button to main menu   Ford's Description of the Lakes, 1839/1843

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Page 72:-
[offer]ing a sufficient remuneration for their civility and trouble. Near their dwelling is the humble Chapel of Ease, past which a mountain track leads under Scafell by Burnmoor Tarn into Eskdale.

  Wast Water
Is three miles and a half long, and three quarters of a mile broad, the depth is from forty to fifty fathoms, and it is probably owing to this, in proportion to the extent of its surface, that it has never been known to freeze. Trout in great quantities, and a few char, frequent its waters. The chief feeders are Over Beck on the south of Yewbarrow, and Nether Beck on the north of Middle fell, issuing from tarns near the Haycocks, and running through Bowderdale. The waters are discharged by the Irt at Ravenglass.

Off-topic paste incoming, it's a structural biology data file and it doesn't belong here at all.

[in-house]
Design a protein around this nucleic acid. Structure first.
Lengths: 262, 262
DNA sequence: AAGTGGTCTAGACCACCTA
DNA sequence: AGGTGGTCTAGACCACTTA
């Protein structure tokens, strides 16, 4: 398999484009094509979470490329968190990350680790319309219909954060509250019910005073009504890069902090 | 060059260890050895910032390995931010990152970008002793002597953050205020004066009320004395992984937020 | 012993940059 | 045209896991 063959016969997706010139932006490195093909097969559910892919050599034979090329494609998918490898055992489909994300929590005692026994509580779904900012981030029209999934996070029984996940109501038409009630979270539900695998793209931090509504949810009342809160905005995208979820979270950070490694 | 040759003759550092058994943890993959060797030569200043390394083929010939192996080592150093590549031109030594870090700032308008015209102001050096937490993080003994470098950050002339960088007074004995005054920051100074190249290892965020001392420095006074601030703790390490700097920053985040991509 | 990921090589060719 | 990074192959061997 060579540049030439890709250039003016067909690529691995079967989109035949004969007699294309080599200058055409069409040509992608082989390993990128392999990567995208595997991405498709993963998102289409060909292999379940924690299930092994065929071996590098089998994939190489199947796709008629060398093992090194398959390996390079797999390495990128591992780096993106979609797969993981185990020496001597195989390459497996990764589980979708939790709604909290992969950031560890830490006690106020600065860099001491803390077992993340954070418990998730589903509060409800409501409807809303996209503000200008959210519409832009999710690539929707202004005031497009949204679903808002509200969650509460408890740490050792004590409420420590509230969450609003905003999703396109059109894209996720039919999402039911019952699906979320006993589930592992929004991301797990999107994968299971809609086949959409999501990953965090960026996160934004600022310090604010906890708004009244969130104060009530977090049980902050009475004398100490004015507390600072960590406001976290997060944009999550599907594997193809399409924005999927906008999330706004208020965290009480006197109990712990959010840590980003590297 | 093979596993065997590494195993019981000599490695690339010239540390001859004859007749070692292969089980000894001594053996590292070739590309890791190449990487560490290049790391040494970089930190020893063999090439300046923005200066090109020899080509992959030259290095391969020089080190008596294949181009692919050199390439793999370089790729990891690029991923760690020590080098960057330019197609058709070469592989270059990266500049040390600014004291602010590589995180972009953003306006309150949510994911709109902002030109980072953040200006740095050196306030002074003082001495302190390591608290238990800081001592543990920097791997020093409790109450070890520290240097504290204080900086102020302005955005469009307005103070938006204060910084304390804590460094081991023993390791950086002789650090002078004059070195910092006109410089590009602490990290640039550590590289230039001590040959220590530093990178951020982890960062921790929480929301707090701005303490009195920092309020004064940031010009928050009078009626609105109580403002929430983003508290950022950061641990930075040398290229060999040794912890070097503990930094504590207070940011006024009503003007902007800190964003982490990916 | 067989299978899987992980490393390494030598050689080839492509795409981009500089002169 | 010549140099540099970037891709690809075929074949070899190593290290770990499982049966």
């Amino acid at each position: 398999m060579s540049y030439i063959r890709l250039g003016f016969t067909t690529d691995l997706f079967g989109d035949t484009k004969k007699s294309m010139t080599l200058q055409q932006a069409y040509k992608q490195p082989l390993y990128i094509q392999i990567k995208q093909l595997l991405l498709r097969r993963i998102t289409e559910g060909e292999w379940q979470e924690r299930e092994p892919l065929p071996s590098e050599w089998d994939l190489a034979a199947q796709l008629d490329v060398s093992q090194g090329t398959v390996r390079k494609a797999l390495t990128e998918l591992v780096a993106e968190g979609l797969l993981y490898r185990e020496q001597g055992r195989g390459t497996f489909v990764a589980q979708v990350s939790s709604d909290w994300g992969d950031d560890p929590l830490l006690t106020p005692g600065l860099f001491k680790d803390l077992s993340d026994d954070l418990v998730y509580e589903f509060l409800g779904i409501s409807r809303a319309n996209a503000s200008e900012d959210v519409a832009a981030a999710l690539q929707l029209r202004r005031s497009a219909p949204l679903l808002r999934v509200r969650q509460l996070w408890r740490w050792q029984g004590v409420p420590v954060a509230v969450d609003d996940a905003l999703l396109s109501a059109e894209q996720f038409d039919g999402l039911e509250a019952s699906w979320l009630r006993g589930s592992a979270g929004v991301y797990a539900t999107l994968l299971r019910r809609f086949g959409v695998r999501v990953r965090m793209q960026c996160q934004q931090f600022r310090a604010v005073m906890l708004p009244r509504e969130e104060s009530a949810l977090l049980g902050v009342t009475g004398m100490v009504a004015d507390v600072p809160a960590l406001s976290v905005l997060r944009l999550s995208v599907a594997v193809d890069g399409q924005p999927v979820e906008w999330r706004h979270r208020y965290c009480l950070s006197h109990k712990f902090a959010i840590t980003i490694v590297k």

Being a border lake, its end lying in the low country, whilst its head is nestled in mountains, it appears from the foot to the greatest advantage, and is under that aspect most distinguished for sublimity. The mountains are naked to their base, their sides and summits are uniform, shooting up into lofty points, and ending in pyramidical forms. Looking upwards, Yewbarrow forms a fine apex; Kirkfell pushes forward its front to the left; and at the head of the dale, the Gable appears conspicuous. On the right, Lingmell comes finely forward, over which the Pikes of Scafell reign supreme. Up the side vale of Bowderdale, is the Haycock; and the
gazetteer links
button -- "Wastdale Head" -- Wasdale Head
button -- "Wast Water" -- Wast Water
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